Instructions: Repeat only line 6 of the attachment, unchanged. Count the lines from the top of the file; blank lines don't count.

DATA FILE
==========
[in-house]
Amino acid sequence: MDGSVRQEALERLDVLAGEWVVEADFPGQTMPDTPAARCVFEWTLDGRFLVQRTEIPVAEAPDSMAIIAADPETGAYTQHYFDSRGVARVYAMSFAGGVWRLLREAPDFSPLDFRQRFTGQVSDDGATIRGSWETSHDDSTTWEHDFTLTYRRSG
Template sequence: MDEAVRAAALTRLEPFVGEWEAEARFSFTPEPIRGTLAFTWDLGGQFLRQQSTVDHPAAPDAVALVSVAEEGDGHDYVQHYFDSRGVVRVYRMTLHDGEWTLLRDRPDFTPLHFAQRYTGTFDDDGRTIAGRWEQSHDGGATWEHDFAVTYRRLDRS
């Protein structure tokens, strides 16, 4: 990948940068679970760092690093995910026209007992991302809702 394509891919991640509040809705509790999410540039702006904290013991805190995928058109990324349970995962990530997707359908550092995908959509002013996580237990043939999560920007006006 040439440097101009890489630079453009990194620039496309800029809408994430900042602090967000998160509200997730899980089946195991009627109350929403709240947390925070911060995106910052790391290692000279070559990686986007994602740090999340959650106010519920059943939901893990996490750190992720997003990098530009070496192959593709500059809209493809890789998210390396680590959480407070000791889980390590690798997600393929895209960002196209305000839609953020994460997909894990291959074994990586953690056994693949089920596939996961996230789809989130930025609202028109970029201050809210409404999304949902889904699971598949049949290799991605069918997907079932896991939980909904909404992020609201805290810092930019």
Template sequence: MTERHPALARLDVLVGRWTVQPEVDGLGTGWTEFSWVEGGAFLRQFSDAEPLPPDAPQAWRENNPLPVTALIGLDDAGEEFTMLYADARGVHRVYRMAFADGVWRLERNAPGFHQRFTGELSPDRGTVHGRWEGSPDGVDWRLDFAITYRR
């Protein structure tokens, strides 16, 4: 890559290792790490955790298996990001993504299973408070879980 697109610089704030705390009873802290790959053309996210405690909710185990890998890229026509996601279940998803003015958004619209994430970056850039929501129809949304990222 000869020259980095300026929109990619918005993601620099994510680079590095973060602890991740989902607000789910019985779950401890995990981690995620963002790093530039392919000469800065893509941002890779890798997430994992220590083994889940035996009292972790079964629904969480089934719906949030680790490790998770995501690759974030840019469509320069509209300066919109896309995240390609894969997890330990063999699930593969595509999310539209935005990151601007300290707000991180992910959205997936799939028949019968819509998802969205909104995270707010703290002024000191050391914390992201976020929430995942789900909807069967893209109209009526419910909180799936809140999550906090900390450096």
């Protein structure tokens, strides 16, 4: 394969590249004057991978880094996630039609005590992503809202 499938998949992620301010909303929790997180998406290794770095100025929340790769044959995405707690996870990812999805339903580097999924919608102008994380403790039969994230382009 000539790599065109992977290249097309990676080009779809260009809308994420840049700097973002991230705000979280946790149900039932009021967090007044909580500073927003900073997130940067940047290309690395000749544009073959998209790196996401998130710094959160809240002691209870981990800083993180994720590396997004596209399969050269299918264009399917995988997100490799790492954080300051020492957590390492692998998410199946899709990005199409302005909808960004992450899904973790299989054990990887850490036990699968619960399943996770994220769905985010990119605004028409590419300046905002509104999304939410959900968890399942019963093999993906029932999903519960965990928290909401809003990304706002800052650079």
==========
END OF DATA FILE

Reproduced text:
């Protein structure tokens, strides 16, 4: 890559290792790490955790298996990001993504299973408070879980 697109610089704030705390009873802290790959053309996210405690909710185990890998890229026509996601279940998803003015958004619209994430970056850039929501129809949304990222 000869020259980095300026929109990619918005993601620099994510680079590095973060602890991740989902607000789910019985779950401890995990981690995620963002790093530039392919000469800065893509941002890779890798997430994992220590083994889940035996009292972790079964629904969480089934719906949030680790490790998770995501690759974030840019469509320069509209300066919109896309995240390609894969997890330990063999699930593969595509999310539209935005990151601007300290707000991180992910959205997936799939028949019968819509998802969205909104995270707010703290002024000191050391914390992201976020929430995942789900909807069967893209109209009526419910909180799936809140999550906090900390450096």